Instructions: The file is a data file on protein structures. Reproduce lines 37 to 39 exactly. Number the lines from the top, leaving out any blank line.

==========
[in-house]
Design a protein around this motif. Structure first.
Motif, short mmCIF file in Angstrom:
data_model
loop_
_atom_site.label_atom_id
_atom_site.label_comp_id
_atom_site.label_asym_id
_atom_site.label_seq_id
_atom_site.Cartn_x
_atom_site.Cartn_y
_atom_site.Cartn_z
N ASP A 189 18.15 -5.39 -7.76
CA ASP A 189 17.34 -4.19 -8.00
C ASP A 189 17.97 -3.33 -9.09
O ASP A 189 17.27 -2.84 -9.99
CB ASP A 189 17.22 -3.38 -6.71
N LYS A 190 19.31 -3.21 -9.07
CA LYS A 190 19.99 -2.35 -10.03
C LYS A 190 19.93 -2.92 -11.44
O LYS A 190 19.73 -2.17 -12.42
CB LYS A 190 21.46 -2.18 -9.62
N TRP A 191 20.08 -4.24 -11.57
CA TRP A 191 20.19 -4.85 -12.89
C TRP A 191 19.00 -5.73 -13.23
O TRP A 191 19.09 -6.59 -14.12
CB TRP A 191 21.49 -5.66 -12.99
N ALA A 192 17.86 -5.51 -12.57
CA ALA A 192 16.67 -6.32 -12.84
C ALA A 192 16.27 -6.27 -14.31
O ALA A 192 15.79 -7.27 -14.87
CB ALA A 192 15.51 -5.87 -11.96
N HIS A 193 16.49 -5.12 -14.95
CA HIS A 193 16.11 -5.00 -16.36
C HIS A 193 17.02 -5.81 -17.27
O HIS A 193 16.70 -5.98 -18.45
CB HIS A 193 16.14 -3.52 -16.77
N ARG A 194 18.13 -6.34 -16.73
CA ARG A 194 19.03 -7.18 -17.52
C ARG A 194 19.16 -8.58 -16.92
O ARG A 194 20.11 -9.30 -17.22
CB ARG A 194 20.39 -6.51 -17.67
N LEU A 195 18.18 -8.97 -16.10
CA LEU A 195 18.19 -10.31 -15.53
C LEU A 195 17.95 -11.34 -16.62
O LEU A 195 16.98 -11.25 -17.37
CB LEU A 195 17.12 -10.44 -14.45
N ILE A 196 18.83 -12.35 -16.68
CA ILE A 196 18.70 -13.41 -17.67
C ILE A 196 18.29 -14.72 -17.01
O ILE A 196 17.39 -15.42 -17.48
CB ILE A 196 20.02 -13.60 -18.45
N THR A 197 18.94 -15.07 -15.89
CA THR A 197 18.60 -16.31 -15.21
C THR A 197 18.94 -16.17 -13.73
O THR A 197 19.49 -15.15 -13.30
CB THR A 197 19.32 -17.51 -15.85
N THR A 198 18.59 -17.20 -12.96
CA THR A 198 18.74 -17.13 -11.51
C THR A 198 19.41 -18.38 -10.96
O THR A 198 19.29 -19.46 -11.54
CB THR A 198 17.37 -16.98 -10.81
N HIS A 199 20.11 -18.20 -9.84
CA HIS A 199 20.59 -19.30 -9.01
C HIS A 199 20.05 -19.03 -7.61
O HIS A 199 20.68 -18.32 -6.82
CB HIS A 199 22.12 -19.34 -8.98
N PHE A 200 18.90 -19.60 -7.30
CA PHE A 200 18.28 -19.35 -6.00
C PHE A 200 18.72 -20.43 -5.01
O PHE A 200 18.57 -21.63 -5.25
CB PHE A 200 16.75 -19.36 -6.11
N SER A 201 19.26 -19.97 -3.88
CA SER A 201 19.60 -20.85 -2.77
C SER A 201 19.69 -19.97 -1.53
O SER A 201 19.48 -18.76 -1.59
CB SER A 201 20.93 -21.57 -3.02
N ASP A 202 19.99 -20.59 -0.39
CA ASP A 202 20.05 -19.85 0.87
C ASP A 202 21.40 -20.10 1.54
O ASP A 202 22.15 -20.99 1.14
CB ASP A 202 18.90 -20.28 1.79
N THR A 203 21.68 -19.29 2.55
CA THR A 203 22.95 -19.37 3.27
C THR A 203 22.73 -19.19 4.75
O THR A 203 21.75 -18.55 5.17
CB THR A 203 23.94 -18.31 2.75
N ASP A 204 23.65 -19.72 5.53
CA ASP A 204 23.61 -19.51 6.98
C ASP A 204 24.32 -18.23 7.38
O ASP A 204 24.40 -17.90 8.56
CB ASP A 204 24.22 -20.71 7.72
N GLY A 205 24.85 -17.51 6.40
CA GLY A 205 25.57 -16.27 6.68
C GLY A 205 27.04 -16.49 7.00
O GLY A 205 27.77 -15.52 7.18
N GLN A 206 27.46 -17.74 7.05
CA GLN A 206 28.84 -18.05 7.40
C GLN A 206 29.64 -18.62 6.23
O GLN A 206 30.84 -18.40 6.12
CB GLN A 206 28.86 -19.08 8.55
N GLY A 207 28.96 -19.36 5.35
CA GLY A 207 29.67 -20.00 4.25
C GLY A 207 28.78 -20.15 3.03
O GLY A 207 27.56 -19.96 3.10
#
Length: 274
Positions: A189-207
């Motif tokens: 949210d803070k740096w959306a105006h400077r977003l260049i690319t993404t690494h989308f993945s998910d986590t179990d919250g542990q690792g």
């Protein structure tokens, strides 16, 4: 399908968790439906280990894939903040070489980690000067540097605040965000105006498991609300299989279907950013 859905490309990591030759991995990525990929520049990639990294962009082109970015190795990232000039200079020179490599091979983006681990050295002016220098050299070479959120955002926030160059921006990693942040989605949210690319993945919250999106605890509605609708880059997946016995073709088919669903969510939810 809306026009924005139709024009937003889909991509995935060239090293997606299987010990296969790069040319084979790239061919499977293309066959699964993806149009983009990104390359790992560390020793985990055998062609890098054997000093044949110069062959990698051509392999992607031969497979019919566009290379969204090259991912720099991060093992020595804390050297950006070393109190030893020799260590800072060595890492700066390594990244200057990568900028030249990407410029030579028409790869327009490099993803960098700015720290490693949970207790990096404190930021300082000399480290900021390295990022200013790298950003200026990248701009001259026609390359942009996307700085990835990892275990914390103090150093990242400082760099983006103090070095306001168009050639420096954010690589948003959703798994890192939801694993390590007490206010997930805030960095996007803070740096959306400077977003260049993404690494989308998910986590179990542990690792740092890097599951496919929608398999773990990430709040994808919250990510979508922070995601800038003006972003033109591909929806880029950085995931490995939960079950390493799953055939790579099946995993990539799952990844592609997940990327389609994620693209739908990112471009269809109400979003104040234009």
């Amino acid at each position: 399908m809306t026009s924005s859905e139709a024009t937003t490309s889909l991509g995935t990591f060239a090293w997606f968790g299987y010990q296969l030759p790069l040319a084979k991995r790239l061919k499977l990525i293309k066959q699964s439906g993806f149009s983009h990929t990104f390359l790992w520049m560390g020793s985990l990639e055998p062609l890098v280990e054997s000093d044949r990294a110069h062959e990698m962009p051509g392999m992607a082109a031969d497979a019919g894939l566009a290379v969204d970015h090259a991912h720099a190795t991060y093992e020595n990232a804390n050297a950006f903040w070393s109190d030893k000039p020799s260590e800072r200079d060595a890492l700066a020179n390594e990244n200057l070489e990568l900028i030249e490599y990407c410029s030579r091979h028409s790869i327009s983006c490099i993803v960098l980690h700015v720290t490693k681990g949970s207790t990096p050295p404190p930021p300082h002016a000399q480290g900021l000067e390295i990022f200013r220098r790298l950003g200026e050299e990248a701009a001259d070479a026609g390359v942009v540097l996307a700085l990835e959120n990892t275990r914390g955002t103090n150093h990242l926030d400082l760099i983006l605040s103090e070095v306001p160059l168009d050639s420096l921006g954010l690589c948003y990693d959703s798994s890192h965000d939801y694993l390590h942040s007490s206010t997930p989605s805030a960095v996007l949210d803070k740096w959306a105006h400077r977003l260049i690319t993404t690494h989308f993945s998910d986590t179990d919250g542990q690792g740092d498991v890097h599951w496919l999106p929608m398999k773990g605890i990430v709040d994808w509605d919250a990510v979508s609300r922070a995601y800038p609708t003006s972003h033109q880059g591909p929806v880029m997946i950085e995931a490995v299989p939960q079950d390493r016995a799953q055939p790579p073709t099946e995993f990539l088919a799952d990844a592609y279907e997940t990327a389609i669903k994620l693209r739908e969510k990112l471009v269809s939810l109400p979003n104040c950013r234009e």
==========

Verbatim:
CB HIS A 193 16.14 -3.52 -16.77
N ARG A 194 18.13 -6.34 -16.73
CA ARG A 194 19.03 -7.18 -17.52